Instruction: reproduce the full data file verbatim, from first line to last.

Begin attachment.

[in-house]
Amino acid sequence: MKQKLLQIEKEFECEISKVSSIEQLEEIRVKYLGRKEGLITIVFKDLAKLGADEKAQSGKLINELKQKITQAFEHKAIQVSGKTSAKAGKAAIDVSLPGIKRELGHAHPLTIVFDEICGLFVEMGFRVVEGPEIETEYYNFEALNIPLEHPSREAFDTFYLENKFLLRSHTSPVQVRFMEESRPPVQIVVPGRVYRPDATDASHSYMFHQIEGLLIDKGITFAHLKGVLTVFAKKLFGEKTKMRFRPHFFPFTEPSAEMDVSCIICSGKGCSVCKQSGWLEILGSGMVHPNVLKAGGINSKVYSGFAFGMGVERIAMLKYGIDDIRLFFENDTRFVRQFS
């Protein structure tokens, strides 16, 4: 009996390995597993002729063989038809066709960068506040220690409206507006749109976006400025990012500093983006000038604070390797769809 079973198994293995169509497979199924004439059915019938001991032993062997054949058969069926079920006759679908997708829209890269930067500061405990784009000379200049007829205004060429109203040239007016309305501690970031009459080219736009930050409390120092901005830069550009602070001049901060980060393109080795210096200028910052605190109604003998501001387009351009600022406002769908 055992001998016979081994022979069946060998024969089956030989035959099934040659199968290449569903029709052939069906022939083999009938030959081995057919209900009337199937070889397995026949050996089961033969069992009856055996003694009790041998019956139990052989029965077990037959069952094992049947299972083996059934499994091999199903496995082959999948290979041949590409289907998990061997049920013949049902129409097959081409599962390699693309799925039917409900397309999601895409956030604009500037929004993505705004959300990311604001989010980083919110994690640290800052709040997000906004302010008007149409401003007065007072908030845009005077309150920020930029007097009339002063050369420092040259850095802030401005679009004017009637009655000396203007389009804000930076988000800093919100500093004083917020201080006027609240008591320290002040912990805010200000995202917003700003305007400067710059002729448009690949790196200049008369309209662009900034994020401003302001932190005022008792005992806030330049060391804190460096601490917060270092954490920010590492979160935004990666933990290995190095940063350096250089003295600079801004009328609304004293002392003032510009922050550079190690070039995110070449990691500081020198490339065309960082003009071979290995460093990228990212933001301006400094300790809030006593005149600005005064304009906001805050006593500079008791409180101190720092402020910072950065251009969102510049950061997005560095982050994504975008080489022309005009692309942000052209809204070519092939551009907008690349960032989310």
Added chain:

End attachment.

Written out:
[in-house]
Amino acid sequence: MKQKLLQIEKEFECEISKVSSIEQLEEIRVKYLGRKEGLITIVFKDLAKLGADEKAQSGKLINELKQKITQAFEHKAIQVSGKTSAKAGKAAIDVSLPGIKRELGHAHPLTIVFDEICGLFVEMGFRVVEGPEIETEYYNFEALNIPLEHPSREAFDTFYLENKFLLRSHTSPVQVRFMEESRPPVQIVVPGRVYRPDATDASHSYMFHQIEGLLIDKGITFAHLKGVLTVFAKKLFGEKTKMRFRPHFFPFTEPSAEMDVSCIICSGKGCSVCKQSGWLEILGSGMVHPNVLKAGGINSKVYSGFAFGMGVERIAMLKYGIDDIRLFFENDTRFVRQFS
């Protein structure tokens, strides 16, 4: 009996390995597993002729063989038809066709960068506040220690409206507006749109976006400025990012500093983006000038604070390797769809 079973198994293995169509497979199924004439059915019938001991032993062997054949058969069926079920006759679908997708829209890269930067500061405990784009000379200049007829205004060429109203040239007016309305501690970031009459080219736009930050409390120092901005830069550009602070001049901060980060393109080795210096200028910052605190109604003998501001387009351009600022406002769908 055992001998016979081994022979069946060998024969089956030989035959099934040659199968290449569903029709052939069906022939083999009938030959081995057919209900009337199937070889397995026949050996089961033969069992009856055996003694009790041998019956139990052989029965077990037959069952094992049947299972083996059934499994091999199903496995082959999948290979041949590409289907998990061997049920013949049902129409097959081409599962390699693309799925039917409900397309999601895409956030604009500037929004993505705004959300990311604001989010980083919110994690640290800052709040997000906004302010008007149409401003007065007072908030845009005077309150920020930029007097009339002063050369420092040259850095802030401005679009004017009637009655000396203007389009804000930076988000800093919100500093004083917020201080006027609240008591320290002040912990805010200000995202917003700003305007400067710059002729448009690949790196200049008369309209662009900034994020401003302001932190005022008792005992806030330049060391804190460096601490917060270092954490920010590492979160935004990666933990290995190095940063350096250089003295600079801004009328609304004293002392003032510009922050550079190690070039995110070449990691500081020198490339065309960082003009071979290995460093990228990212933001301006400094300790809030006593005149600005005064304009906001805050006593500079008791409180101190720092402020910072950065251009969102510049950061997005560095982050994504975008080489022309005009692309942000052209809204070519092939551009907008690349960032989310």
Added chain: